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Mitchell: Five black college athletes in Oklahoma arrested after robbery prank

Updated: September 3, 2013 7:13AM



I don’t know what would possess five black college athletes to put on ski masks and pretend to be robbers in an age when black males are often profiled as criminals.

But that’s what happened last April Fool’s Day in Durant, Okla., where the athletes played football for Southeastern Oklahoma State University.

The fake robberies were part of an elaborate hoax in which the black males burst into three apartments, woke up two female victims and put a cell phone to their heads as if it were a weapon.

No real guns were displayed and nothing was stolen from any of the victims.

Krishon Daye of Chicago, along with Matthew Leatherwood, Arinzechukwu Eziakor, and Jercolby Bradley of Dallas, Texas and Keith Craddock of Charlotte, N.C., later turned themselves in to law enforcement, and allegedly admitted being involved.

Besides being expelled from the university, the football players were each charged with five misdemeanors and one felony — conspiracy to engage in a pattern of criminal offenses.

“They put on some hockey masks and went into the homes of some white friends and said, “stick-up,” and actually a couple of people really panicked,” acknowledged the Rev. Ira J. Acree of the Greater St. John Bible Church, and a representative of the Chicago affiliate of the National Action Network.

Acree and the Rev. Marshall Hatch Sr., of New Mount Pilgrim Missionary Baptist Church on the city’s West Side were in Durant on Wednesday to bring attention to the harsh discipline being meted out in this case.

“I don’t want a felony on these kids. When you become a felon there are multiple jobs you can’t do. These parents have sacrificed their hard earned money and sweat equity to get [their sons] a quality education. With a felony, they can’t even open a barbershop. That is a death sentence,” he said.

Alan Burton, the communications director at the university, declined comment citing student privacy.

“We are very limited in what we can discuss,” he said. “Right now, it is has gone to the criminal justice system.”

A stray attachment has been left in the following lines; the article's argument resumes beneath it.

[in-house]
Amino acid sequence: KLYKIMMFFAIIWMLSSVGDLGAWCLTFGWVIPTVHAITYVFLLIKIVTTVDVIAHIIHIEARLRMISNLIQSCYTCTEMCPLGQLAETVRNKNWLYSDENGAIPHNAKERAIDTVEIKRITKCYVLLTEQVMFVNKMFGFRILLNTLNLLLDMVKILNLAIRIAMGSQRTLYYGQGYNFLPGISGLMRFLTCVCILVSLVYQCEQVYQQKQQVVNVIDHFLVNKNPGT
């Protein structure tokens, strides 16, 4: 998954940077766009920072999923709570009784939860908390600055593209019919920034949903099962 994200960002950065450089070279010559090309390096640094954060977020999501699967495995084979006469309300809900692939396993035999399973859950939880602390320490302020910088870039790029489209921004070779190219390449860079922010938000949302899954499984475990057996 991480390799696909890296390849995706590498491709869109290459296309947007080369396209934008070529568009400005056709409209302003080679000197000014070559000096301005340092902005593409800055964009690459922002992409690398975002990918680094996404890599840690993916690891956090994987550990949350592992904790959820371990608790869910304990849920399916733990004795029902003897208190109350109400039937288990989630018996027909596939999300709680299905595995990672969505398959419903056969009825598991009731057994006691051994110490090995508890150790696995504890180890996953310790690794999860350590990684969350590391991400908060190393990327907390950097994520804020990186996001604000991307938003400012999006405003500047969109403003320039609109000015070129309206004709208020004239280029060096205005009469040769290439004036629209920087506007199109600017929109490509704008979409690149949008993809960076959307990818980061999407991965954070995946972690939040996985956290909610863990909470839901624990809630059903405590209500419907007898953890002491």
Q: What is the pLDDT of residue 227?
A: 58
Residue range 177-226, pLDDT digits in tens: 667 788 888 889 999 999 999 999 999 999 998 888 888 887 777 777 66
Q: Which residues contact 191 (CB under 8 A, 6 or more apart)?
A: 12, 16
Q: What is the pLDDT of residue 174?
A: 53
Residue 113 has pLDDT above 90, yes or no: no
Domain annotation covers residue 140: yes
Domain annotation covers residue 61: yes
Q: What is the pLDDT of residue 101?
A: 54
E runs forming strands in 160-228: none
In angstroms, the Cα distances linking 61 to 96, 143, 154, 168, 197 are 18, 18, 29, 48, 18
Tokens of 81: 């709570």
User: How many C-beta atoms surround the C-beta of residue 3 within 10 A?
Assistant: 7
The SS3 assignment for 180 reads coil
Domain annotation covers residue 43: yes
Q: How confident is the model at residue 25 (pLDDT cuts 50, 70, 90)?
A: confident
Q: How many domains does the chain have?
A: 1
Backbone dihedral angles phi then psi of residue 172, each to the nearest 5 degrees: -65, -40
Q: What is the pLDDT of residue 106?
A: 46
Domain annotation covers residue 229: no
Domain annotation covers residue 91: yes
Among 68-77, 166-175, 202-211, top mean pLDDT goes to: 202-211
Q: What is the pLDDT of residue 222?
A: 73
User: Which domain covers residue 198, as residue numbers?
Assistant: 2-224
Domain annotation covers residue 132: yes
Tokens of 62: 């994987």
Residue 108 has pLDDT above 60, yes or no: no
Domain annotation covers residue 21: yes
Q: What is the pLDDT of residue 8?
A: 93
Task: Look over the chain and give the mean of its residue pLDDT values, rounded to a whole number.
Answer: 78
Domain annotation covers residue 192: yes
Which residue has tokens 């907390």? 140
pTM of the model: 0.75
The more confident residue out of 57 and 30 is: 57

Emily Redman, district attorney for the 19th District of Oklahoma, told reporters earlier, “we felt criminal charges were in fact appropriate at this time.”

Defense lawyers and prosecutors met at the courthouse on Wednesday for a preliminary hearing, which means the criminal case is moving forward.

Meanwhile, the local branch of the NAACP has sued the university on behalf of the athletes in an effort to get the institution to release transcripts and allow the three seniors to graduate.

That these young men didn’t see the danger in this prank should alarm every black parent that is packing a son off to college.

“It makes me want to come back to Chicago to teach these kids and prepare them for these college campuses. They don’t understand what a felony can do to them,” Acree said.

Durant’s population is 85 percent white, 10 percent Native American and 5 percent black.

“Maybe other people could get away with pretending to be criminals, black people can’t do it. It was a big deal down here,” he said.

Daye grew up on the West Side. He had just finished his finals and was mere weeks away from walking across the stage to claim his degree.

“It is frustrating. These parents are working class parents. They are spending money they don’t have for legal representation,” Acree said.

Obviously, the young men should be punished for their bad behavior. The young men, as Hatch pointed out, “played into the ready fears and basic stereotypes of black criminality.”

“It really was painful to have this conversation. We had to tell these guys: ‘With all the friends and all of the adulation that you got from the university, the blood, sweat and tears that parents put into your careers, because you are African American, there are some pranks you can’t do,” Hatch said.

“You are born with the profile of a criminal in the minds of some people and it becomes very dangerous to play a criminal as a prank,” he said.

“They are absolutely remorseful. We don’t want them to have to pay for the rest of their lives for a mistake,” Hatch added.

Acree is encouraging people to call the university’s president, Larry Minks at 580-745-2512, and ask him to release the seniors’ transcripts.

Punishment that is overly harsh doesn’t instruct.

It just breeds bitterness.

Email: marym@suntimes.com Twitter: @MaryMitchellCST



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